The National Insurance Crime Bureau (NICB) issued a warning to the public about an organized scam involving sales of vehicles through the popular online marketplace, Craigslist.
Working with law enforcement agencies in the Chicago area and across the Midwest, NICB has identified nearly 100 instances of sales of vehicles that went sour when phony bank checks were used to pay for the vehicle.
“These scams are well organized and have all the appearances of being legitimate,” said NICB President and CEO Joe Wehrle. “But in the end, the criminal gets the car and the sellers or their financial institutions are left on the hook for thousands of dollars still owed on the car.”
Such was the case with Mike and Christy Childers of Elizabethtown, Ky., who sold their 2010 Corvette on Craigslist, only to learn that the check that their bank initially said was valid, was actually bogus. Fortunately, quick action by law enforcement agencies in Kentucky and Illinois, with assistance from NICB, led to the recovery of the Corvette after it had been picked up, driven to Chicago, and listed for sale again on Craigslist.
For the full story, watch this video.
Unfortunately, some online car sales lead to much more serious results, as witnessed by the alleged murder of a Missouri man he met a buyer that had seen his car for sale on Craigslist.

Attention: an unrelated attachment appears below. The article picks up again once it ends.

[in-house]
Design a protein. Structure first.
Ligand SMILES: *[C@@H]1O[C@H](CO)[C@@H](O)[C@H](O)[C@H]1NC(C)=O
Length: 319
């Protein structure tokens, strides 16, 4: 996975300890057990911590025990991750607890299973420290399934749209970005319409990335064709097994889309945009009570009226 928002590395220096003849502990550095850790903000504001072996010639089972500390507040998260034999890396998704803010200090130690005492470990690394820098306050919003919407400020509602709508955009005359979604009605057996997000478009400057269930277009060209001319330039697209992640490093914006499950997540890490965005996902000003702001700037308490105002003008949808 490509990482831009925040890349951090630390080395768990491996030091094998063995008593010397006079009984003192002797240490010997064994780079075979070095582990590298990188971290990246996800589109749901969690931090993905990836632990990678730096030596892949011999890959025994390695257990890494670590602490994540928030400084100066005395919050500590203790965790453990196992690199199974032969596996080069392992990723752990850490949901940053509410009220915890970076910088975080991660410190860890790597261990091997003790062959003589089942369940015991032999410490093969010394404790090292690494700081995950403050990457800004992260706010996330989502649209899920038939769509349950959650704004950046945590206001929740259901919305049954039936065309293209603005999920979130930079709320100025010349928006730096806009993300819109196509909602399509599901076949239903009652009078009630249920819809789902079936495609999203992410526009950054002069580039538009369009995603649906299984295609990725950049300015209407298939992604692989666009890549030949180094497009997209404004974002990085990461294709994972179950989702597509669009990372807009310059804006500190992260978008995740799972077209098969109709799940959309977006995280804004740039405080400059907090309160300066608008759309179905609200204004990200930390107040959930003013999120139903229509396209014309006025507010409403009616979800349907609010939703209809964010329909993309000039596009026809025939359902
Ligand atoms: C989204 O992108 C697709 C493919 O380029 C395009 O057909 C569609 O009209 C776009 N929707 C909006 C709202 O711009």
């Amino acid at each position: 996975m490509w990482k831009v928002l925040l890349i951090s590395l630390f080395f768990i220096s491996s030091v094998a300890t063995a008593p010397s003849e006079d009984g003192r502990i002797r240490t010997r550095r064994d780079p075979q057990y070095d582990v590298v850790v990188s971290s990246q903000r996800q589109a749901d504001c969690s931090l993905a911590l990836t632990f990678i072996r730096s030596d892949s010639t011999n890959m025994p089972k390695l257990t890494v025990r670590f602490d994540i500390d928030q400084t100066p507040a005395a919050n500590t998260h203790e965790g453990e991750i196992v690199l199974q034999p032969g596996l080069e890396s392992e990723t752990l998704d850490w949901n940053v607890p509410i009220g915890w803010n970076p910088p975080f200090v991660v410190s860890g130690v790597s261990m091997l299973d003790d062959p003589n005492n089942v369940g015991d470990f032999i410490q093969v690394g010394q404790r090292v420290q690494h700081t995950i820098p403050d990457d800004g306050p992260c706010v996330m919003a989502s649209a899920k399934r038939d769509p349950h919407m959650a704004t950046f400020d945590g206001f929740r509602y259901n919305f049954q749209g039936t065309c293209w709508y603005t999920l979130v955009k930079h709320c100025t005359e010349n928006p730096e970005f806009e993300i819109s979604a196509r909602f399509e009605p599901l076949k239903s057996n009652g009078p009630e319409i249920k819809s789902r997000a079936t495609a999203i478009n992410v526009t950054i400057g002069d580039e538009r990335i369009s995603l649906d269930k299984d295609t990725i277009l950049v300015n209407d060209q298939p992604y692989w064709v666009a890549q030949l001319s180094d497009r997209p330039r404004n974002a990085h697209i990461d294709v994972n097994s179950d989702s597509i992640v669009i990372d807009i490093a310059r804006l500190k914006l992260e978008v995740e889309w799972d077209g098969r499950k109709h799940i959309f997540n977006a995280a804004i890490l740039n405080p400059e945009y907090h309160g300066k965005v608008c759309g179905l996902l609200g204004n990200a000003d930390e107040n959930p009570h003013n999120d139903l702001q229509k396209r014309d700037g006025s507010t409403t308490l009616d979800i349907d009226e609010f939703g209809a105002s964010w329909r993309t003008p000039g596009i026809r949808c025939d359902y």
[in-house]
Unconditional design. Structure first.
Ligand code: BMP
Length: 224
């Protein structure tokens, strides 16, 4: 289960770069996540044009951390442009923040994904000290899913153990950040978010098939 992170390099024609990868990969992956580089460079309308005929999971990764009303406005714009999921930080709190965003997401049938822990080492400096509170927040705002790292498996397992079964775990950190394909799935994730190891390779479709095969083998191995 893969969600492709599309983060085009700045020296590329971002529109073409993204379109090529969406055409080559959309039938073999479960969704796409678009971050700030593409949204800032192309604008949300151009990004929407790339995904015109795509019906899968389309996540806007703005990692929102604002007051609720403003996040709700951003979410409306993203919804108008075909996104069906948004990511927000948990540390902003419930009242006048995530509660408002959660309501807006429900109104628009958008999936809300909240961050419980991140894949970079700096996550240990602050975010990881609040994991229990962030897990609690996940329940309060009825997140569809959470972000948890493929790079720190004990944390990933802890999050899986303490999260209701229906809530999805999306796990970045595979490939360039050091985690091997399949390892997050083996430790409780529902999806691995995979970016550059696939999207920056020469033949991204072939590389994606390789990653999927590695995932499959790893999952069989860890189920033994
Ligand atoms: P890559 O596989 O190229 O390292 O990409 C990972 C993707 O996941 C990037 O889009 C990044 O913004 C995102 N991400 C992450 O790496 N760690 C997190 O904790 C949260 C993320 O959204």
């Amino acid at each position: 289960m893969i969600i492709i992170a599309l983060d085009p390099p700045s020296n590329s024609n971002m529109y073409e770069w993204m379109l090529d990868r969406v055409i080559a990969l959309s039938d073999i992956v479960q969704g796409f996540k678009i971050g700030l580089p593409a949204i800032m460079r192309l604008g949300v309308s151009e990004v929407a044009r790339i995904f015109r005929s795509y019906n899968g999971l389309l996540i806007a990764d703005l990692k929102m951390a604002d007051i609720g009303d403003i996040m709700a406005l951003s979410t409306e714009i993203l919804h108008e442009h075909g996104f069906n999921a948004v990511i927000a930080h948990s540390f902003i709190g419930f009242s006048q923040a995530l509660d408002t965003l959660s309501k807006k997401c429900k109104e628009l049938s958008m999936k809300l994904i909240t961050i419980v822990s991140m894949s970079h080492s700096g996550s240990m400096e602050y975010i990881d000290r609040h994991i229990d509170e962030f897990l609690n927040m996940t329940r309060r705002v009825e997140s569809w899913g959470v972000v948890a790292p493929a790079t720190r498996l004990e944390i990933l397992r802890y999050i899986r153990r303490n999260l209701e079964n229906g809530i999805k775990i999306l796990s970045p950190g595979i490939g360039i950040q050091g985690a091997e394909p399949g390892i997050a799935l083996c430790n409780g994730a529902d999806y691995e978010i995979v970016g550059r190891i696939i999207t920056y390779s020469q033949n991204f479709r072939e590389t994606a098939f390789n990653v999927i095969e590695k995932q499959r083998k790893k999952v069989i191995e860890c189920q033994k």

NICB advises anyone trying to sell or buy a vehicle on Craigslist to follow their very specific guidelines which can be found here.
Any face to face meetings should take place at a location that is highly public, preferably at a police station.
Scammers are particularly active in states where the vehicle owner retains the title even though there is an outstanding lien. They will pressure sellers to sign over the title and give them what appears to be a valid bank or cashier’s check to pay for the vehicle.
Never sign over a title until you have the money in hand. Avoid accepting any kind of check, but if you do, take the time to make sure any alleged bank or cashier’s check has actually cleared and you have the cash. It may take a week to 10 days for a check to clear. If it’s bogus, you could be left responsible for paying off the loan even though the car is long gone.
This article originally appeared on Multivu.com.